I got into improv for the wrong reason: to be liked. I was looking for everyone to validate me, especially the audience.
“Oh, what a noble thing I am doing,” I thought, “making people laugh.” I was lying to myself. I desperately needed their love, and I would bend and twist myself into any shape they wanted as long as they would accept me. I wish I could say I lost my voice, but the truth is I never had one to lose.
Since I was performing to justify my existence, I never let audiences see the real me. Why would I show them that? If I did, they would be repulsed and reject me.
So for years, I hid on stage. I hid behind characters who made safe choices, who supported other players but didn’t make an initiation. I’ve seen tons of improvisers in the same spot. They hide by being witty, by shying away from anger on stage, by being a caricature instead of saying something truthful about themselves through their character.
This is the worst kind of juggling act — trying to express yourself and trying to please people at the same time. And you know what? It doesn’t work, not even a little.
Eventually, I did start to find my voice. When I did my one-man show, “I’m 27, I Still Live At Home and Sell Office Supplies,” I took some big risks in showing my real self – how depressed I was, my anger at my mom, my self-loathing.
If you truly want to be an artist in any field, you have to take risks, which means making people uncomfortable, and the person who’s going to feel the most uncomfortable is you.
Unfortunately, though, you can’t learn the lesson of taking risks just once. It’s a lesson you have to keep relearning over and over again, and many times, I’ve gone back to hiding on stage.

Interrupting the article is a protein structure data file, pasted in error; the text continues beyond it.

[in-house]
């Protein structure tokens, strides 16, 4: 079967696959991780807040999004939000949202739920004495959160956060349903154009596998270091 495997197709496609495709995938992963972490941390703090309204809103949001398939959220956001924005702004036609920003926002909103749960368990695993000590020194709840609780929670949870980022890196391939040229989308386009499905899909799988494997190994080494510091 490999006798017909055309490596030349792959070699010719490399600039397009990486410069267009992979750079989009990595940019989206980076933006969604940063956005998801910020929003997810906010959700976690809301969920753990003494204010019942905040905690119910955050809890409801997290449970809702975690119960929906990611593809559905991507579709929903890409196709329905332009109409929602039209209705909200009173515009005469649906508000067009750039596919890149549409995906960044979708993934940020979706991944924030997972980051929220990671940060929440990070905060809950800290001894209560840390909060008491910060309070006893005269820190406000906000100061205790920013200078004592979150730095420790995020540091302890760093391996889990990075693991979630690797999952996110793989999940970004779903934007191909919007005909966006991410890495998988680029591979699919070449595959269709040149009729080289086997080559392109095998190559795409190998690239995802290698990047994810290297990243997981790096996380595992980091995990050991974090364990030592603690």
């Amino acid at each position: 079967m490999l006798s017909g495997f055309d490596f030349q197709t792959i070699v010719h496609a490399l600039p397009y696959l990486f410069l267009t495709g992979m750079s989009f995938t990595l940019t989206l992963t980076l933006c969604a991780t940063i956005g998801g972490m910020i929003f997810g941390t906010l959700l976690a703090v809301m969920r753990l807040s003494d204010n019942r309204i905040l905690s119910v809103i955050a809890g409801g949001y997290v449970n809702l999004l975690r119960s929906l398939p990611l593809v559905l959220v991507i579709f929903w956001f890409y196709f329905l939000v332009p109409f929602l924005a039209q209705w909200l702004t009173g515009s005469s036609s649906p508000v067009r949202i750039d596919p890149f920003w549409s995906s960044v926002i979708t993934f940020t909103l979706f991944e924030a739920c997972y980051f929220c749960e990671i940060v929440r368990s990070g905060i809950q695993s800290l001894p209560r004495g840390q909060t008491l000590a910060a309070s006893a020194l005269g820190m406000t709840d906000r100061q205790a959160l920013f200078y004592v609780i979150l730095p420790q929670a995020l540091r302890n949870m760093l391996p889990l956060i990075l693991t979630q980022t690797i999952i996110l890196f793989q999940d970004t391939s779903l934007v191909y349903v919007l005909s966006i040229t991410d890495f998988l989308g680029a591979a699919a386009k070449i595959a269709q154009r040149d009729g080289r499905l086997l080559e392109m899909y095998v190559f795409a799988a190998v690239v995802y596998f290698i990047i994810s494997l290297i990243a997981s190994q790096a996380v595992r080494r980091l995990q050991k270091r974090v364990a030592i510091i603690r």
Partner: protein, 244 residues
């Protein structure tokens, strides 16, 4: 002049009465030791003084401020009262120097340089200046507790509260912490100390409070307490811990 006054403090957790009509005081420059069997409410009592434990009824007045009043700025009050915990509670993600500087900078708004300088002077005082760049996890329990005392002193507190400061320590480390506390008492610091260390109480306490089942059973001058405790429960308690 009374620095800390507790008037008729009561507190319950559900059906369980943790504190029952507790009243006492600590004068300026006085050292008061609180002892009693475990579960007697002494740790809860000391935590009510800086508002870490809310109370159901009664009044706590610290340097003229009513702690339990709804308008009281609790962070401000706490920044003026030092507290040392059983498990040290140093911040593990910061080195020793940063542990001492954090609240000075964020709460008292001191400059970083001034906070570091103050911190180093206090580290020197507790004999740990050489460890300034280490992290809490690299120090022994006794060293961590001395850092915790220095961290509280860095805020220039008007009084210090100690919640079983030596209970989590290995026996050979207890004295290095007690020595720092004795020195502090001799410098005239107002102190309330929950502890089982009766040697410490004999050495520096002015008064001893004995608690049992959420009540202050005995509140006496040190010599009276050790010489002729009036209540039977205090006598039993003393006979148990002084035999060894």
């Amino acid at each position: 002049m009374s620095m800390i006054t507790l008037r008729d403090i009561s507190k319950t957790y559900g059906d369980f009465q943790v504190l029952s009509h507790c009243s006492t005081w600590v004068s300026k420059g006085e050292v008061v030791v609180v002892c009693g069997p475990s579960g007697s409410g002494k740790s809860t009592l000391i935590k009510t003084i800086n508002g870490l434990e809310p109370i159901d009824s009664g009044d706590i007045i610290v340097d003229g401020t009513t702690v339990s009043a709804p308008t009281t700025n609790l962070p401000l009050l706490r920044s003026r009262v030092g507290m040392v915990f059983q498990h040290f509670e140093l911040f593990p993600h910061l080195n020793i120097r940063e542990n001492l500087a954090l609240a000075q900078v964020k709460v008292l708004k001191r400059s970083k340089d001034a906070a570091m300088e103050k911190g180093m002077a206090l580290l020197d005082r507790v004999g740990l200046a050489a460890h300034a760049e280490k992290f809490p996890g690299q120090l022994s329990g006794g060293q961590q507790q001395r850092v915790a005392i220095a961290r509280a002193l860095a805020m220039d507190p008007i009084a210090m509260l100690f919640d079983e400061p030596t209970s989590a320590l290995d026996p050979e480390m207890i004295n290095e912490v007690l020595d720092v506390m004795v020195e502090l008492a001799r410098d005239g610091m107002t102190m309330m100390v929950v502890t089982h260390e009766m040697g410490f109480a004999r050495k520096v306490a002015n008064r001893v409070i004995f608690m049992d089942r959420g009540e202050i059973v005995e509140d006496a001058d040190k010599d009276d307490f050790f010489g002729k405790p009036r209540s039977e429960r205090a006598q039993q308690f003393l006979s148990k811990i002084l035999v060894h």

A couple of weeks ago I got married to the most beautiful and kind person, Lauren. Our wedding was on a perfect Sunday fall evening at the super elegant Chicago History Museum. At the reception, both Lauren and I gave some impromptu speeches to our guests who came to celebrate this special day with us. When I took the mic out of Lauren’s hands, I felt a little performance high, which I sometimes get, and I spoke from my heart. I started out thanking people in my wedding party and then I acknowledged the three therapists in the room who had all helped me get to this place in my life where I could actually get in married. I mentioned the age difference between Lauren and I, a source of shame for me since I am 48 and she is 34. And finally, I also acknowledged my friends from the numerous 12-step programs that I’m affiliated with.
In that three or so minutes, my voice was stronger and clearer than it has ever been, and I was no longer hiding. This was me, take it or leave it. Some people appreciated what I said, others not so much. I was uncomfortable and I had pissed some people off, but I realize that for me, it was the right thing to do, and it was important for me to show who I really am.
After almost 25 years in improv, I finally understand that I had it all backwards. Being truthful and revealing things about yourself is the best way to connect with your audience.
To really make an impact on the audience, you have to risk not being liked. You have to say things that may be unpopular or play characters whose point of view is rough or not politically correct.
When your voice get stronger and clearer you are going to piss some people off, which is a good sign that you are on the right path.
Sure, being yourself and being really honest isn’t easy, but if you don’t do it, you’ll be killing yourself and your art at the same time. I’m going to keep trying.